Southgate was less forthright but still expressed a hint of disagreement.

"I don't know how far things have progressed. There seemed to be a lot of things not in the original proposal I was shown; it is hard to keep track," he told reporters on Monday ahead of England's World Cup qualifier against Hungary.

"We all want high-level games; the Nations League showed the quality and that is exactly what we want to be involved in, but you can't just keep adding to the calendar."

England midfielder Mason Mount was in attendance with Southgate and agreed with the idea that players should be consulted when such proposals are being drawn up, though he seemed to be open to playing a major tournament every year.

"I'd love that, but after the Euros and everything we went through, it [recovering mentally] probably did take longer than anything else," he said.

"You reflect on how it went – it was obviously such a big heartbreak to go all the way then fall at the last hurdle was difficult."

On player consultation, he added: "To have the players' input would be positive, I think.

"We want to play in as many top tournaments and games as possible, we want to be involved. To speak to us would be positive and help shape the future."

Brazil's 100 per cent record in qualifying for the 2022 World Cup was finally ended on Sunday as they were held to an underwhelming 0-0 draw away to Colombia.

Tite's men had won all of their first nine matches in the qualification group before coming unstuck in what was a bruising, albeit disappointing, contest in Barranquilla.

Both sides created chances during an even first half, but the finishing was of a low standard as the score remained goalless at the interval.

Even fewer clear-cut opportunities were created after the break

Yerry Mina wasted a glorious chance to give Colombia an early lead when heading just off target, though they had a lucky escape of their own soon after when Lucas Paqueta prodded agonisingly wide from Neymar's throughball.

Brazil's captain played a key role again just after the half-hour mark as he teed up Fred on the edge of the box, but the Manchester United midfielder's subsequent shot was dreadful.

The match became especially scrappy in the second half, with neither goalkeeper called into meaningful action again until the 68th minute when Allison had to push Juan Quintero's 30-yard effort away.

That attempt came as the hosts looked to up the ante in the final half-hour, but some substitutions provided a response from Brazil, with Raphinha and Paqueta both wasting reasonable chances.

Raphinha threatened again five minutes from time as his wonderful cross picked out fellow substitute Antony, and David Ospina produced a decisive save to deny the Ajax talent the winning goal.


What does it mean? Selecao still in control

Thankfully for Tite and Brazil, their excellent form in qualification prior to Sunday has bought them plenty of room for error – even if Argentina win their game in hand, the Selecao will still be six points clear at the top.

Tite might be a little concerned by the creative lull his team experienced for the middle third of the match, though the options he brought on from the bench were proof of that not being a squad-wide issue as Brazil finished the game well.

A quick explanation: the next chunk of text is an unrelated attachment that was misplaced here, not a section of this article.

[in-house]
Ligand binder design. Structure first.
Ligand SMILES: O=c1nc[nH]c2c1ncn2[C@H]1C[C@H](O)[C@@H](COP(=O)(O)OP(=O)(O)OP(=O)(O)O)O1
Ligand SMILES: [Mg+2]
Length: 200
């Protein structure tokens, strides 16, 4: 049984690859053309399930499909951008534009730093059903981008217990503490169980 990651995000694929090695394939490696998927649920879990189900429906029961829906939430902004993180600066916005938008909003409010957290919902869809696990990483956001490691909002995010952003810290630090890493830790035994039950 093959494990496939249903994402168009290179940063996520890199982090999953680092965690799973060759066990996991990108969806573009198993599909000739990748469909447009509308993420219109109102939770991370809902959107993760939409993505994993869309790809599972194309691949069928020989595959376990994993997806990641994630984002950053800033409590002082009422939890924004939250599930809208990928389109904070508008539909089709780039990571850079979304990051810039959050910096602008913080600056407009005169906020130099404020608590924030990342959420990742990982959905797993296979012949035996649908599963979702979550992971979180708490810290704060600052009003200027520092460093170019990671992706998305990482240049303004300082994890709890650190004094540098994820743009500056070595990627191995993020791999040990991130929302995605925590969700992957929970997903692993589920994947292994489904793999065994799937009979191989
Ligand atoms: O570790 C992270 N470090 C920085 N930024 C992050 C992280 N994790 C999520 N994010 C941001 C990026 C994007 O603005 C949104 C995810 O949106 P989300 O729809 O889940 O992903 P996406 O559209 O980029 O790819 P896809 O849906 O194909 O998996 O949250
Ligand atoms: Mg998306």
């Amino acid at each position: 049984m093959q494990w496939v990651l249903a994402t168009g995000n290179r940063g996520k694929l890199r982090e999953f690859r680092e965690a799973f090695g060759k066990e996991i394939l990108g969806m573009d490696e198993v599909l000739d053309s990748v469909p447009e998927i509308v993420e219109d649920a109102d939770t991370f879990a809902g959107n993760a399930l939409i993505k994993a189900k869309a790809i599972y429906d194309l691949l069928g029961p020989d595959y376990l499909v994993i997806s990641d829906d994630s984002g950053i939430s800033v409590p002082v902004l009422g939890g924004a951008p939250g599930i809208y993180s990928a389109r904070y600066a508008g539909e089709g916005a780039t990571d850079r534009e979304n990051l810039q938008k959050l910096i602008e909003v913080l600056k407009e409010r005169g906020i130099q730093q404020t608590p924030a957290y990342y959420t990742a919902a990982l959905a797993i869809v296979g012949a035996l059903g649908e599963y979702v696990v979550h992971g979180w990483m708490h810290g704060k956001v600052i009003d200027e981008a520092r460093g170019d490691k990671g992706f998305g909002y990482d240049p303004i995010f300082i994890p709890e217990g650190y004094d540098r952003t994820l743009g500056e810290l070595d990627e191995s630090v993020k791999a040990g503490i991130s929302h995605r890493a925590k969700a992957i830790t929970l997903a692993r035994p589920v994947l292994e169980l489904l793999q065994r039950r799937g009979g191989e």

Raphinha sparkles off the bench

After being brought on for the anonymous Gabriel Barbosa just after the hour, Leeds United winger Raphinha was a real nuisance. He completed two of his three dribbles, picked out a wonderful cross for Antony and had more touches in the opposition's box than every other player, highlighting the positivity he brought. Tite might be wise to start him next time.
 
Quintero unable to brew anything special for Los Cafeteros

With James Rodriguez absent, Quintero was the creator Colombia looked to. While he was not exactly quiet, given his six shots was the most of anyone on the pitch, they were all hopeful – and unsuccessful – efforts from distance. That may have been less frustrating if he had been a creative influence as well, but he did not play a single key pass.
 
What's next?

Both teams still have one more match left of this international window. Brazil host Uruguay on Thursday, while Colombia are at home to Ecuador.

Gareth Southgate was not surprised by Phil Foden's outstanding England display against Andorra, while he backed Jadon Sancho to recover his best form at Manchester United.

Foden came into the international break having dazzled on the left wing for Manchester City in last week's 2-2 draw with Liverpool, scoring one goal and having a hand in the other.

The 21-year-old was not on the scoresheet in Saturday's 5-0 World Cup qualifying win, but he controlled the game from the centre of midfield.

Having played the pass that cut Andorra open for Ben Chilwell's opener, Foden got an assist for Bukayo Saka's second. The last England duo aged 21 or under to combine for a World Cup qualifying goal had been Steven Gerrard and Michael Owen against Germany in 2001.

Tammy Abraham, James Ward-Prowse and Jack Grealish added goals after half-time, but Foden remained the star.

Although there was one wild, wayward shot, he created three chances and completed 94.7 per cent of his 76 passes, including 93.1 per cent of 58 in the Andorra half.

England have been accused of lacking control in the centre of the pitch in their biggest games, so manager Southgate was intrigued by Foden's display – even if he expected the City man would thrive.

"The quality we know," Southgate told a news conference. "For us, it's really interesting the possibilities with him in terms of his positioning moving forward.